Welsh Family History Research• I’ve been lost in the north of Wales this week doing a bit of family history. Well not physically…I’ve been seeing how much I could do remotely, with only the resources that are at my disposal online.• I started with the 1911 census collections on TheGenealogist.co.uk, ancestry.co.uk and findmypast.co.uk. As I have written before in this blog, I often use more than one subscription site to look up ancestors because the search engines on theses sites rely on their own transcriptions, created by volunteer transcribers and very often a mistake in the transcription can mean that your search misses the entry for your ancestor. By using more than one look-up site I can often find the missing census entry from one by looking on another. This strategy paid dividends this week with the Welsh research as Welsh names of parishes very often seem to have variations in spelling and I assume that some of the transcribers were not local and so were mystified by what they were reading from the images.
Welsh Family History Research• I used the old trick of putting the parish name into Google, which I had open in another browser window while my subscription sites occupied their own windows. Often I was able to find a handy article that revealed the different ways of spelling a parish, along with the name of the old county that it was part of. To deal with the mis-transcriptions I had to use my common sense to match the spelling offered with the most likely parish that I could find in the county in question.• One of the brick walls that I ran up against, with this welsh family, was that they had a very common set of names for their children, in the particular counties that I was searching within. So as not to waste time I had to tackle the problem by approaching from a different angle and using a different data set.
Welsh Family History Research• On TheGenealogist.co.uk site I was also able to search their nonconformist records, also available at www.bmdregister.co.uk and was thus able to download an image that pertained to a baptism in the parish of Myfod, Montgomeryshire. Further research revealed that it was also known as Miefod and soon I found the correct entry in the census collection for the character that I was following.• I was also able to make use of the Hugh Wallis site that allows a researcher to search within the batch numbers on the familysearch.org website. With the aid of his useful tool, that is once more functioning after a period of not following the revamp of the LDS’ familysearch site, I was able to look for those with a particular first and surname baptised in a particular Methodist Chapel.
Welsh Family History Research• One last brick wall, that I discovered while doing this research in Wales, is that the further back in time that I went I came up against the custom of parent’s giving their offspring Patronymic surnames. This is where a child took the father’s first name as a surname. I found out that this practice, while no longer being held to in the towns and among the wealthier, still continued up until the early 19th century in some of the rural areas of Wales.• By the end of my time on this quest I had put a reasonable amount of branches on to this particular Welsh Family Tree but the conclusion that I reached is that it really would benefit from a visit to the County Record Offices in question in order to see the physical records for the various churches and chapels in the area. Not everything is online but it is a jolly good place to start!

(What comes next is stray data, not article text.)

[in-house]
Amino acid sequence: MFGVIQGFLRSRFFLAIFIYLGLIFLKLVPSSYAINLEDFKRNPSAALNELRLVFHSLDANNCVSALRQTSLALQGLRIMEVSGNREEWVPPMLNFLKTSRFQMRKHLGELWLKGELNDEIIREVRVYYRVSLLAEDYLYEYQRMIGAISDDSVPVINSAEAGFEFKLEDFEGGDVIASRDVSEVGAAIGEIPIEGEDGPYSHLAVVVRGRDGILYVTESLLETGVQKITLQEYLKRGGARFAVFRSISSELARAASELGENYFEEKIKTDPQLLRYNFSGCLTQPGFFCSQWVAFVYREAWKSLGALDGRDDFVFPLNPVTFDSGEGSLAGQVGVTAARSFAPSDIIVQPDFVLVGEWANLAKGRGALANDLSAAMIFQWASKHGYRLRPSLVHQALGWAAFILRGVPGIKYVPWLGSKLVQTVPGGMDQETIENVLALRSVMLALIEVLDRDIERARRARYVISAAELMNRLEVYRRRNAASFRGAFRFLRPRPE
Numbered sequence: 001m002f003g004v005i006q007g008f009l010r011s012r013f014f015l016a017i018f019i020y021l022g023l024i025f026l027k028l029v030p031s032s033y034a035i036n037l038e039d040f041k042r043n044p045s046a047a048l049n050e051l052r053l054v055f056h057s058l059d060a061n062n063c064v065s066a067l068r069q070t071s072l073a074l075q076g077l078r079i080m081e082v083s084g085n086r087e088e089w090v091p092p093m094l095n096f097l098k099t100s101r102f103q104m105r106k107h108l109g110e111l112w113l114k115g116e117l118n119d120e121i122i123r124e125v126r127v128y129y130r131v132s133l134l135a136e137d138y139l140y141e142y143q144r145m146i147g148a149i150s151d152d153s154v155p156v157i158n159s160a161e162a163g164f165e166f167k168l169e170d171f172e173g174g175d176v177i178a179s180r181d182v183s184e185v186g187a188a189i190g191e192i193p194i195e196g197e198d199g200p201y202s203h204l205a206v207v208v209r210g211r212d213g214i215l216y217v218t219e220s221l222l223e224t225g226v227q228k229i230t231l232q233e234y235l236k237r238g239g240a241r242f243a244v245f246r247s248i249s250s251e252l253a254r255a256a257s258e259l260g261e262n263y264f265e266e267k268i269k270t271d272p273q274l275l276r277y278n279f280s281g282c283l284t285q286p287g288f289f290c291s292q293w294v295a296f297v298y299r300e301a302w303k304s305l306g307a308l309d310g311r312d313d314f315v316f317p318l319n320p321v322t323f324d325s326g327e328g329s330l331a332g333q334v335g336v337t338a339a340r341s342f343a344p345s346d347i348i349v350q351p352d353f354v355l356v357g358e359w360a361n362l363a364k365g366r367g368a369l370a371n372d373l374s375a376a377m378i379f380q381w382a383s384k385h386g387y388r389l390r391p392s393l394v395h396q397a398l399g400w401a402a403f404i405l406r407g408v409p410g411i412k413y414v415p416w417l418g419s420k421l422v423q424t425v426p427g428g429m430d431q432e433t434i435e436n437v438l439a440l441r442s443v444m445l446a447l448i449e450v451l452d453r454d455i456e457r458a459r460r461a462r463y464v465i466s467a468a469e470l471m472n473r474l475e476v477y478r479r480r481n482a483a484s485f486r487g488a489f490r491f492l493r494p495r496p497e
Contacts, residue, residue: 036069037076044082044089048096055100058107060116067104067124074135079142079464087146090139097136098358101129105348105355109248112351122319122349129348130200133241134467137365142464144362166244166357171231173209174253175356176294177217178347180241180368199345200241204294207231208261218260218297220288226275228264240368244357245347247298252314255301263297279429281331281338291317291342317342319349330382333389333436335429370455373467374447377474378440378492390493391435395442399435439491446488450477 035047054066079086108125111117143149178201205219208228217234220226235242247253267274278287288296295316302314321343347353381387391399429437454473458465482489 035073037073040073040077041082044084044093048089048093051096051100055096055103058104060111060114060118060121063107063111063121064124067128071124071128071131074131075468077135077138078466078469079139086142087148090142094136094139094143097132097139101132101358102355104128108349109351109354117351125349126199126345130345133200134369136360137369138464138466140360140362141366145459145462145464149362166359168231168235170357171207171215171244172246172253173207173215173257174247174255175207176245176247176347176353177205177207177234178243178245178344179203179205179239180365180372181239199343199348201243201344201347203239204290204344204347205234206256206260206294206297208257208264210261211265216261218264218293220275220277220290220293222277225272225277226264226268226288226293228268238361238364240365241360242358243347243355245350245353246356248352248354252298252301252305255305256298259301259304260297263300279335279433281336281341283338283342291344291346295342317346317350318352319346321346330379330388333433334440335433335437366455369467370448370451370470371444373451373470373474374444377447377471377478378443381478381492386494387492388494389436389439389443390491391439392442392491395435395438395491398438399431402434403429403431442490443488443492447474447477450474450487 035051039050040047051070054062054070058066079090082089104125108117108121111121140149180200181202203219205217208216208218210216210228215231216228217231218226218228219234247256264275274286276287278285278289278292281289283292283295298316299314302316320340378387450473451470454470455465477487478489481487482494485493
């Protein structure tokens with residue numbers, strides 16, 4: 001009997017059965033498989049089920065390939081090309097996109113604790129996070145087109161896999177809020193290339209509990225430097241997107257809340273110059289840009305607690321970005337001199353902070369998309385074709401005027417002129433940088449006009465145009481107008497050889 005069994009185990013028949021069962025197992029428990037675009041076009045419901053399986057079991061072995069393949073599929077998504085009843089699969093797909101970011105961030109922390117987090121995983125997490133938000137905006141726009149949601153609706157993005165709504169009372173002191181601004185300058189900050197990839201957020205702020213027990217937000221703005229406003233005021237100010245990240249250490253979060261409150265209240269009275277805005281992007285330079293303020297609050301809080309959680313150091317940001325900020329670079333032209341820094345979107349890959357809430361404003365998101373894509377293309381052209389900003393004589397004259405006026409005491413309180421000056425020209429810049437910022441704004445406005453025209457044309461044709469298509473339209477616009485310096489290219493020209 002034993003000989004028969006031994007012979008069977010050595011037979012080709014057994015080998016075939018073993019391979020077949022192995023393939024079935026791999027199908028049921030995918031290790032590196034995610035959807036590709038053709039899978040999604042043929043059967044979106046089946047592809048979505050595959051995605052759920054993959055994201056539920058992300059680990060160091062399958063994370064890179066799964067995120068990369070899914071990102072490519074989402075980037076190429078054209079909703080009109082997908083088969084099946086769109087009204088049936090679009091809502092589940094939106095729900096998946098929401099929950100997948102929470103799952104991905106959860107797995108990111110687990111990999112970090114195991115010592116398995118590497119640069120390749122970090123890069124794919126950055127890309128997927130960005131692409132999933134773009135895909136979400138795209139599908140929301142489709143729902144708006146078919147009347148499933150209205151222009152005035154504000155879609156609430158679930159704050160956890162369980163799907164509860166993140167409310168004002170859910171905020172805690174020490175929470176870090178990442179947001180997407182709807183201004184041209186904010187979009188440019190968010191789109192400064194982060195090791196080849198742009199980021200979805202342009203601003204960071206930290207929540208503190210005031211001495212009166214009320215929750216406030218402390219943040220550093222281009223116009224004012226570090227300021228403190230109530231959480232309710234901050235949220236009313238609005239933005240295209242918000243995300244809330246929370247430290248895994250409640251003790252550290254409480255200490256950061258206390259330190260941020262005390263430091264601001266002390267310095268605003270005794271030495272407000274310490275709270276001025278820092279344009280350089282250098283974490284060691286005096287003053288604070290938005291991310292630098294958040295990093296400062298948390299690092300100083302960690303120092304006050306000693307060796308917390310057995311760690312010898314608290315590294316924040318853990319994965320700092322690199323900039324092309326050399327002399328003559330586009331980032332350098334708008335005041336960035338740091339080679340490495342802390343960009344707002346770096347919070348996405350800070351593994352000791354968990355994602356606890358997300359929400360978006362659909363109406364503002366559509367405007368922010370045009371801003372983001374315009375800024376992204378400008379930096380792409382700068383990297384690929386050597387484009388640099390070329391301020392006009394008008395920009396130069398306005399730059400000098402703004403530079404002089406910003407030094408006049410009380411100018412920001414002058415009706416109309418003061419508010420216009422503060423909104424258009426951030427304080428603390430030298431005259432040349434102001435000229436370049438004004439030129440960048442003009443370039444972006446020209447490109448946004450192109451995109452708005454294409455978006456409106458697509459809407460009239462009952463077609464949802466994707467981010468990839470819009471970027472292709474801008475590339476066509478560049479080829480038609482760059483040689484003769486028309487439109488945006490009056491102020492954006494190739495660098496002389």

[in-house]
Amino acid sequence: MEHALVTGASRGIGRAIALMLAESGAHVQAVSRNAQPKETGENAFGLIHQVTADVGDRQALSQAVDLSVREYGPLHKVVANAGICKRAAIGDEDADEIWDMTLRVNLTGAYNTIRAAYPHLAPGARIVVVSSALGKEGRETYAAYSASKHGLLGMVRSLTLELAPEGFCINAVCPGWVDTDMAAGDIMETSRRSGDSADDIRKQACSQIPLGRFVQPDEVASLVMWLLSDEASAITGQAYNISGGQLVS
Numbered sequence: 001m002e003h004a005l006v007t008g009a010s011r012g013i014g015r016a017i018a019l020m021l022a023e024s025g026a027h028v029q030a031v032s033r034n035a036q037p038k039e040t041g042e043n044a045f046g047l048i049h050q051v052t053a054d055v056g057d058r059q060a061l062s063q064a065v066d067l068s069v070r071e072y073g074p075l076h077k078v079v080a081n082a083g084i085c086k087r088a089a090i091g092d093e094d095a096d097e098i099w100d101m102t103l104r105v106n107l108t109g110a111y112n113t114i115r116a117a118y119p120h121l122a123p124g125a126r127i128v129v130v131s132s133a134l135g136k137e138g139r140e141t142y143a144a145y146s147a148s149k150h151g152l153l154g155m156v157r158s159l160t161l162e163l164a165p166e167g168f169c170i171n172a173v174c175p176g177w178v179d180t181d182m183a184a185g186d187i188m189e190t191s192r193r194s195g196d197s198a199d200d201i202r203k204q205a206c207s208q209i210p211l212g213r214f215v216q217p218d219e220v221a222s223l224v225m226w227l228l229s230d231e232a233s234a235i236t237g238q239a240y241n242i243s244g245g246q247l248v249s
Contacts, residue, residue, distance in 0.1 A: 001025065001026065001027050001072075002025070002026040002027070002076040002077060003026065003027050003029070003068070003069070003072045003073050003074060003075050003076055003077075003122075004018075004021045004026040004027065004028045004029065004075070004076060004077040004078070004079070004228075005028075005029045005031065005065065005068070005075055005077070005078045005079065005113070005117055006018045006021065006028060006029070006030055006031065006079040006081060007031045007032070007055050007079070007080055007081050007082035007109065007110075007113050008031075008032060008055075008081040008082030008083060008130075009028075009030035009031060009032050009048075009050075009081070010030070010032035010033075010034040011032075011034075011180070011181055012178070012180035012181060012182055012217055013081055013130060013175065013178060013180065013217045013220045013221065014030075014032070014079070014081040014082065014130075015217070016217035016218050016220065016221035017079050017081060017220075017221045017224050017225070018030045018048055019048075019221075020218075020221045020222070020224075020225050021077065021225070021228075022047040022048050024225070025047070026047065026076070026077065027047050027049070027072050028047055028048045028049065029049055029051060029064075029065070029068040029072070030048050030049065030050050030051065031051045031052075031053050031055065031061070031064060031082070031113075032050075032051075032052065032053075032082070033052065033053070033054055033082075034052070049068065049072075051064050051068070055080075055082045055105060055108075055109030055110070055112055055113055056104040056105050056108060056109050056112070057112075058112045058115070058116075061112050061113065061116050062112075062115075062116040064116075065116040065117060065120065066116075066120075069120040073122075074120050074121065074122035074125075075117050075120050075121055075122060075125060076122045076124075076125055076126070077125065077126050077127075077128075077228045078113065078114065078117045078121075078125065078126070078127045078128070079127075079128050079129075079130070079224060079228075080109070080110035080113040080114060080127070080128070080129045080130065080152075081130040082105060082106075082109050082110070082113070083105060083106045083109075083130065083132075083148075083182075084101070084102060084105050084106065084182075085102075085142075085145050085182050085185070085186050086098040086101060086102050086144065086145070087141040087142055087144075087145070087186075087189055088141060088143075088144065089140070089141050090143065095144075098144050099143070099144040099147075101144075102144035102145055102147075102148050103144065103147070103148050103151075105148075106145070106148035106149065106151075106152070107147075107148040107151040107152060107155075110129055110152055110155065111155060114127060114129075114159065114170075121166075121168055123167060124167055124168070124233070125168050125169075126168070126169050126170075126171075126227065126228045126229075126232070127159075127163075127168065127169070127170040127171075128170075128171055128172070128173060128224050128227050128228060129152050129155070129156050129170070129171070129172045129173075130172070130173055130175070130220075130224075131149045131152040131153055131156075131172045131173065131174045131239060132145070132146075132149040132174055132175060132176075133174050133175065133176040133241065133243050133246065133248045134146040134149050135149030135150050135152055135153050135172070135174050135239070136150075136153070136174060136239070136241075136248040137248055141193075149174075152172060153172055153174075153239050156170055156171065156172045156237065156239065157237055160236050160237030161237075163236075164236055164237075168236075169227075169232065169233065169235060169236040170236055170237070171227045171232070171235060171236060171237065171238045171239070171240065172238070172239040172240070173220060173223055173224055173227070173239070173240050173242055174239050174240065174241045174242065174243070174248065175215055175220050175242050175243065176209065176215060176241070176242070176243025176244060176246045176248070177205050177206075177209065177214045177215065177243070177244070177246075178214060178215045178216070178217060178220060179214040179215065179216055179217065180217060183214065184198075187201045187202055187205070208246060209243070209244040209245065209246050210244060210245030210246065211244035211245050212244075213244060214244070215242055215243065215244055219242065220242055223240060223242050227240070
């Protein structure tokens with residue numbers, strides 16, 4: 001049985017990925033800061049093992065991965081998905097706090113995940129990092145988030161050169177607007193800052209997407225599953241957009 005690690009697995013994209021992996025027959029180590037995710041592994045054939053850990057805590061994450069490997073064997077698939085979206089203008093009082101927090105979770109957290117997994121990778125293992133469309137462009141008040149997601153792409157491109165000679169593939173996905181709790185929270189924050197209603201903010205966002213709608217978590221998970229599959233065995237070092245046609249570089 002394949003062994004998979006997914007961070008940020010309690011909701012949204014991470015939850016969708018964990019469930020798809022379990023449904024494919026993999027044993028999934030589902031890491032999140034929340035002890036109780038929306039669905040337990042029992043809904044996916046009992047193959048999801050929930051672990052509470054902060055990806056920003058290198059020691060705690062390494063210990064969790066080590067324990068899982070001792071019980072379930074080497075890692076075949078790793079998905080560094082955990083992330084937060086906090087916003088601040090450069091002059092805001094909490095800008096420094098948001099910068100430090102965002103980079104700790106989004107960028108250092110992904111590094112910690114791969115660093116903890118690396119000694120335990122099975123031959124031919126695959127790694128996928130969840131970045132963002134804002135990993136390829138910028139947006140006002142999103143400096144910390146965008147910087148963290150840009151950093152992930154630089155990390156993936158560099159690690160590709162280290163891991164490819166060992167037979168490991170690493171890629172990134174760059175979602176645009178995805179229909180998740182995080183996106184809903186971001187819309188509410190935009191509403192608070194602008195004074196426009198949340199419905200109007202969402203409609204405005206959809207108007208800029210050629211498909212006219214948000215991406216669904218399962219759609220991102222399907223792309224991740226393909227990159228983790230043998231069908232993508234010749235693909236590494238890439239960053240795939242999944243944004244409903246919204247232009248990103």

NonConformist ancestors in England• Like me you may have gone back up the branches of your English Family Tree to find that some of your ancestors became nonconformists, that is they didn’t worship in the Established Church of England or have their children baptised within it and when it came to being buried they chose to have a ceremony conducted in a different Christian tradition.• This week I have been using the resources of TheGenealogist.co.uk’s BMD Registers to look at images taken from RG4 at the National Archives. These are registers (authenticated by the Non- Parochial Registers Commissioners) of births, baptisms, deaths, burials and marriages. They cover the period from 1567 to 1858. To find out more about them have a look on TNA’s website, but suffice to say that I have been able to use them effectively to fill in gaps when my forebears didn’t appear in the C of E parish registers.
NonConformist ancestors in England• One way of being alerted to possible non-conformity in a line is where you can only find your ancestor’s marriage in the Parish church. From 1754, and the introduction of Lord Hadwicke’s Marriage Act, most of the people of England & Wales were required to marry in the Church of England. For this reason you may discover that your ancestor’s wedding is in the parish church’s registers, but theirs and their children’s baptisms and burials are not. If this is the case then you should make a search of the non-conformist’s records for the area.• A difficulty can often arise when the chapel in question did not have its own register. This could occur when the chapel was served by an itinerant minister, responsible for a circuit of chapels in the area. In this case you would need to try and find out the name of the minister and the other chapels in his care.